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[edit] Avritch / Bat Ayin

The Avritch synagogue, close to the northern perimeter of the Old Jewish Quarter, is also called the “Bat Ayin” shul. Rabbi Dov who arrived from Avritch, a town in the Ukraine, led his Hassidic followers in this synagogue. In 1837, during morning prayers, Rabbi Dov suddenly called his followers to come and stand next to him at the front wall. As the men rushed to their rabbi, a strong earthquake struck the city. Close to a fourth of the city’s citizens died but all the men at the synagogue survived. Many members of the Avritch community left Tzfat over the years and since the late 1800s the shul has had a Sepharadi minyan.

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[edit] Beirav

Rabbi Ya’akov Beirav lived in Tzfat in the 16th century. He was best known for his efforts to re-establish the Sanhedrin, the Jewish court of the Temple era. During Rabbi Beirav’s lifetime many Jews who had converted to Christianity under the Inquisition escaped from Spain and Portugal. They made their way to Jewish communities where they tried to return to the faith of their ancestors. A large number of Jewish leaders refused to accept these returnees, arguing that by converting to Christianity they forfeited their claim to Judaism. Rabbi Beirav believed that a Sanhedrin would provide the authority to convince the Jewish leadership to welcome these Jews back to Judaism. Ultimately, Rabbi Beirav was not successful in his endeavors to establish the Sanhedrin, but together with Rabbi Moshe Alsheich, also of Safed, his view, to accept the returnees back into the Jewish community, prevailed.

The Beirav shul in Tzfat presently houses a Shlomo Carlebach minyan. The Beirav services have a reputation as being a lively and engaging Friday night service. Shlomo Carlebach, the “singing rabbi,” was known, until his death in 1996, for drawing Jews closer to Judaism through heartfelt song and prayer. His unique tunes are sung each Friday night at the Beirav synagogue, creating a standing-room-only crowd that sings, sways, dances and prays together. Many people who otherwise have little or no connection to Judaism find themselves drawn to their heritage at the synagogue named for the Rabbi who, 400 years ago, championed acceptance.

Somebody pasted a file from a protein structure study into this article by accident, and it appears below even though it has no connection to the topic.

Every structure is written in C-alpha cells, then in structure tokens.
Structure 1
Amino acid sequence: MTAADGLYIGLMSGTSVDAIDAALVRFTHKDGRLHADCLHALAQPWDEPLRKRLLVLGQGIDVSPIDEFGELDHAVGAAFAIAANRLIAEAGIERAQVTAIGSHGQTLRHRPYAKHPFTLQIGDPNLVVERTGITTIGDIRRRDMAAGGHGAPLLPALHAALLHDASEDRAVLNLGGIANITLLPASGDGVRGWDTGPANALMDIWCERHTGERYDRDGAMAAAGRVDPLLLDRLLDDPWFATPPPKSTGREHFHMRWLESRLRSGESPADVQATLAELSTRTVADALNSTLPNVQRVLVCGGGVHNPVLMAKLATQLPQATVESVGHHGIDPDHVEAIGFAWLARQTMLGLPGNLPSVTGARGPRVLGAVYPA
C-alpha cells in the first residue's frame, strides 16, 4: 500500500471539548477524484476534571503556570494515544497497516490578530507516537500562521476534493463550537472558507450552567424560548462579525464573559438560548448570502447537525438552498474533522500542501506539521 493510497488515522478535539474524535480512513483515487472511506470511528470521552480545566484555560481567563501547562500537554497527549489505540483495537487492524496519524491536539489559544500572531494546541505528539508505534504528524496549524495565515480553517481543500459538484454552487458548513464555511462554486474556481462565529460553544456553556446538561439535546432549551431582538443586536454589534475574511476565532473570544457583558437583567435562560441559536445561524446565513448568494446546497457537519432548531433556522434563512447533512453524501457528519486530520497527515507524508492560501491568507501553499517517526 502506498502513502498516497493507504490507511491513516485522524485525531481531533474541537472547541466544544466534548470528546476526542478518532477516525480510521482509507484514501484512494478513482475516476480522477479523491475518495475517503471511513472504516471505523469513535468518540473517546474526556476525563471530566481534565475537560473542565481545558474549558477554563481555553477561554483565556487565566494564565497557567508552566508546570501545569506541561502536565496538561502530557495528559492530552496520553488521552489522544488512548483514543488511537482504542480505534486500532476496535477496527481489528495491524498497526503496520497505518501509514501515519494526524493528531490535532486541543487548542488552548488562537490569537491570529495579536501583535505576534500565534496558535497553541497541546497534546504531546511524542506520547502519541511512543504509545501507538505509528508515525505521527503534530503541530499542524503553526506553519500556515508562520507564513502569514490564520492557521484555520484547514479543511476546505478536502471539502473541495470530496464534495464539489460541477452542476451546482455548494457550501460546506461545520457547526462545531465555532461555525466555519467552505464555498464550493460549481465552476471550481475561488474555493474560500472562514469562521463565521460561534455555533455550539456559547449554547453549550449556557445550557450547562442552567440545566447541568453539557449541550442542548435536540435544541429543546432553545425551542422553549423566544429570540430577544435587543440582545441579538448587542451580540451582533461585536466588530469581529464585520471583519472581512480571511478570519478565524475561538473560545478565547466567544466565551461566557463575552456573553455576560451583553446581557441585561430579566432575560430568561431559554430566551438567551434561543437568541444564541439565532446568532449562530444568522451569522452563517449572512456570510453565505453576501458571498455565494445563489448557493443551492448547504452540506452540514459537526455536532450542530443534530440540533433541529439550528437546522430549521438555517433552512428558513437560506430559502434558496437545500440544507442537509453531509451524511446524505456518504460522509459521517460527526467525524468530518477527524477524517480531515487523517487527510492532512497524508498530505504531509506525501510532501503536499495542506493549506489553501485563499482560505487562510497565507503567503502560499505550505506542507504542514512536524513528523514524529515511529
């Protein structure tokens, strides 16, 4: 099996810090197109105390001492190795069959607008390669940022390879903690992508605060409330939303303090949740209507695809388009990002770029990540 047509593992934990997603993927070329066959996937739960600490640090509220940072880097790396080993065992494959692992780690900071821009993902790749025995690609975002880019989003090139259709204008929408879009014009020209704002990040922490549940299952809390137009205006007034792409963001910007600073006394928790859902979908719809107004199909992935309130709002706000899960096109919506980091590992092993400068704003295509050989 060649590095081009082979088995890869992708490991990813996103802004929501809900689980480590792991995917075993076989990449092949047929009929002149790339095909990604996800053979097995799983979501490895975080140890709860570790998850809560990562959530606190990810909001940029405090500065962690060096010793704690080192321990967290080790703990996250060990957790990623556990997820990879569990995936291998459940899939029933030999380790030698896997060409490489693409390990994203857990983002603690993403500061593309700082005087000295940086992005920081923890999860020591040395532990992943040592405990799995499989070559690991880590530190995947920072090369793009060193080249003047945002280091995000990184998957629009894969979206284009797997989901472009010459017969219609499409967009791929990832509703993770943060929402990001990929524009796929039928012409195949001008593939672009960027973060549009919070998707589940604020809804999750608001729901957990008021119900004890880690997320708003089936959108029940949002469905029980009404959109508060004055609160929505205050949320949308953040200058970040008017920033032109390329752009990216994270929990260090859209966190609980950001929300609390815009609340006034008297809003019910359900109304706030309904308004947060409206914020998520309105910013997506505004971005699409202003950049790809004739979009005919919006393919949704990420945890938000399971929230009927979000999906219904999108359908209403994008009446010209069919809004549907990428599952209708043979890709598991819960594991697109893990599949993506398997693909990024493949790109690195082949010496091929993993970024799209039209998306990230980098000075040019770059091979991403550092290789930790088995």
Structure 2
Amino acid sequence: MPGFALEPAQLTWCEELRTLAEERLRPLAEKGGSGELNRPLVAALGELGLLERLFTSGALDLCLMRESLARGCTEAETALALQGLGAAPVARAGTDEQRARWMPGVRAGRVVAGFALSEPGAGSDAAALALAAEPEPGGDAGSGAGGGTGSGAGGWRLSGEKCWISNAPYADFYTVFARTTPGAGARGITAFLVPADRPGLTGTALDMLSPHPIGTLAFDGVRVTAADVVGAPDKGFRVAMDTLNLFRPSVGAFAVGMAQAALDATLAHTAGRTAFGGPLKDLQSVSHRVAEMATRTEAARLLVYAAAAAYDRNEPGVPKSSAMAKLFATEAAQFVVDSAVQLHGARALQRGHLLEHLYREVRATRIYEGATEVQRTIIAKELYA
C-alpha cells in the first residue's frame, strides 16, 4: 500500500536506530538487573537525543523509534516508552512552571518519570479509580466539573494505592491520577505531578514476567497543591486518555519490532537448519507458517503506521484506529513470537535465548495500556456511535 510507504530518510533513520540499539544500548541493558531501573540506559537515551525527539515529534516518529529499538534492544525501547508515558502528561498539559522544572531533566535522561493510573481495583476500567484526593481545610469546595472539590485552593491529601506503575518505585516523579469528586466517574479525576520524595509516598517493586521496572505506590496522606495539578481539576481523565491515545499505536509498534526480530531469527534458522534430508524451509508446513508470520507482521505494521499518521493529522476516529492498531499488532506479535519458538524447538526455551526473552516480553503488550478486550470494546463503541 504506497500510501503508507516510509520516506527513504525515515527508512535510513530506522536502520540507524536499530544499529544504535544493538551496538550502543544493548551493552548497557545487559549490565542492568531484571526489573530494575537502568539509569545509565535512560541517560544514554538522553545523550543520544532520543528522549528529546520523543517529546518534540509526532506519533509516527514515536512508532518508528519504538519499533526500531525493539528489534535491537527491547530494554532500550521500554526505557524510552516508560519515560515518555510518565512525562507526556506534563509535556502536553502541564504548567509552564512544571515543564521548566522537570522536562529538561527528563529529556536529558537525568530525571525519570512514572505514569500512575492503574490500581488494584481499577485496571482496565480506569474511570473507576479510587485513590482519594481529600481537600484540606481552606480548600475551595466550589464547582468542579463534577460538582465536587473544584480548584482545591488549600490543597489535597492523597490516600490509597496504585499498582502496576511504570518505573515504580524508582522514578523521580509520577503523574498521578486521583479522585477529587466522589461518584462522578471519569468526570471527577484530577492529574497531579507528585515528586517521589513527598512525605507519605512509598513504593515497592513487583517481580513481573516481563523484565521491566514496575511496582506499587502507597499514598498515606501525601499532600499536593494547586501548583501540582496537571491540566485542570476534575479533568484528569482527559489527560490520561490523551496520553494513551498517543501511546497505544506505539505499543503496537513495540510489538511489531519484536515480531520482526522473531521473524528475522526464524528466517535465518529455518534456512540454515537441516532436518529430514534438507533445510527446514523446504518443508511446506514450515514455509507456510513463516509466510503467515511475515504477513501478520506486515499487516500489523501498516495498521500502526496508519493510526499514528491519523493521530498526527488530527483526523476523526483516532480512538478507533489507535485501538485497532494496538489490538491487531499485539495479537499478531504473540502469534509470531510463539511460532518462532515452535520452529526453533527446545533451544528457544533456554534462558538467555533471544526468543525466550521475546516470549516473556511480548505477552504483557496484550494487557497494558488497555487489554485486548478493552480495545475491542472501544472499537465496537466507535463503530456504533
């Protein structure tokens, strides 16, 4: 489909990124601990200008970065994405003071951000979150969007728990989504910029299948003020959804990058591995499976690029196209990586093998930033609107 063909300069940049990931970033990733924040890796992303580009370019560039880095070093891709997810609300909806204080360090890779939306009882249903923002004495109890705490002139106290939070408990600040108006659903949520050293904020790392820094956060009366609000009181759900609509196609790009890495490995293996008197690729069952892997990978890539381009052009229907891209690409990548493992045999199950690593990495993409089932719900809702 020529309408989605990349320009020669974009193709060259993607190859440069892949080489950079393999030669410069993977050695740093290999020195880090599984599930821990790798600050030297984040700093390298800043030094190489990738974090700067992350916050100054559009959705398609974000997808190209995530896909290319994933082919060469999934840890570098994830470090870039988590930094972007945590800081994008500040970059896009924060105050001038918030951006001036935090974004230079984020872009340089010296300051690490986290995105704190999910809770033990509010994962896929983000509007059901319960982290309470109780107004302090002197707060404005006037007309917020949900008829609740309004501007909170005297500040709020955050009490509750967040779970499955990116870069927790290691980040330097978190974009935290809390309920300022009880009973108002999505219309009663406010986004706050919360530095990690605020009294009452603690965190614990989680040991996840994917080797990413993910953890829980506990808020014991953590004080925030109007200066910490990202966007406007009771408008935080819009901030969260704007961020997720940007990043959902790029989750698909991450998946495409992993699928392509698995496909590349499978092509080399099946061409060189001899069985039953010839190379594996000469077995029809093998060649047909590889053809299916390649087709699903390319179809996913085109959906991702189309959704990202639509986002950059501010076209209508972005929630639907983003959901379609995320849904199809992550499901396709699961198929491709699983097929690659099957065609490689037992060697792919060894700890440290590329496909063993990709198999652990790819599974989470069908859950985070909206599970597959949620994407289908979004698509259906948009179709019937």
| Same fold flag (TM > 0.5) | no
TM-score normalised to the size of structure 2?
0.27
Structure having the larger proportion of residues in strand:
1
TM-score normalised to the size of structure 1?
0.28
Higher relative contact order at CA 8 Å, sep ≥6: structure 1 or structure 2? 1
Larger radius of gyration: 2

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[edit] Yossi Banai

The Banai synagogue is located at the base of the Old Jewish Quarter. It contains the grave of the 3rd century sage, Yossi Banai. The synagogue is also called the “Tzadik HaLavan” because of a miracle performed in the name of Rabbi Yosef Banai. During the time of Turkish rule, the local Turkish ruler decreed that if the Jews did not bring a large number of white chickens, they would be forced to pay a large collective fine. The impoverished Jewish community prayed at the grave of R’ Banai and Rabbi Yossi Saragosi. When the community awoke the following morning they found that all their chickens had turned white.

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[edit] Hassidic Synagogues

Tzfat has traditionally had a Hassidic population but in recent years a number of Hassidic Jews have established large communities in the city. They welcome Jews to their synagogues to join them in prayer.

[edit] Sanz Shul

The Sanz synagogue on Tarpat Street has continuous minyans for all prayer times throughout the day.

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[edit] Tzmeach Tzedek

The Chabad community’s Tzmeach Tzedek synagogue near Kikar HaMeginim has mid-morning services for late-risers and learning sessions throughout the day.

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[edit] Koenig Breslov Shul

The large Breslev synagogue near the ARI Sepharadi has daily prayer minyans and a song-filled Friday night service.

[edit] Kosov Shul

Origionaly founded by Kosov Chasidim it is now run by followers of the Biala Rebbe.

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[edit] Modern Synagogues

[edit] Noam Synagogue

Hosted in the Saraya.

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[edit] Mekarav Synagogue

Originally a chasidic shul, it is now run by some local yeshiva.

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[edit] House of Love and Prayer

A break off from the Beirav Minyon, it also runs according to Carlebach tradition.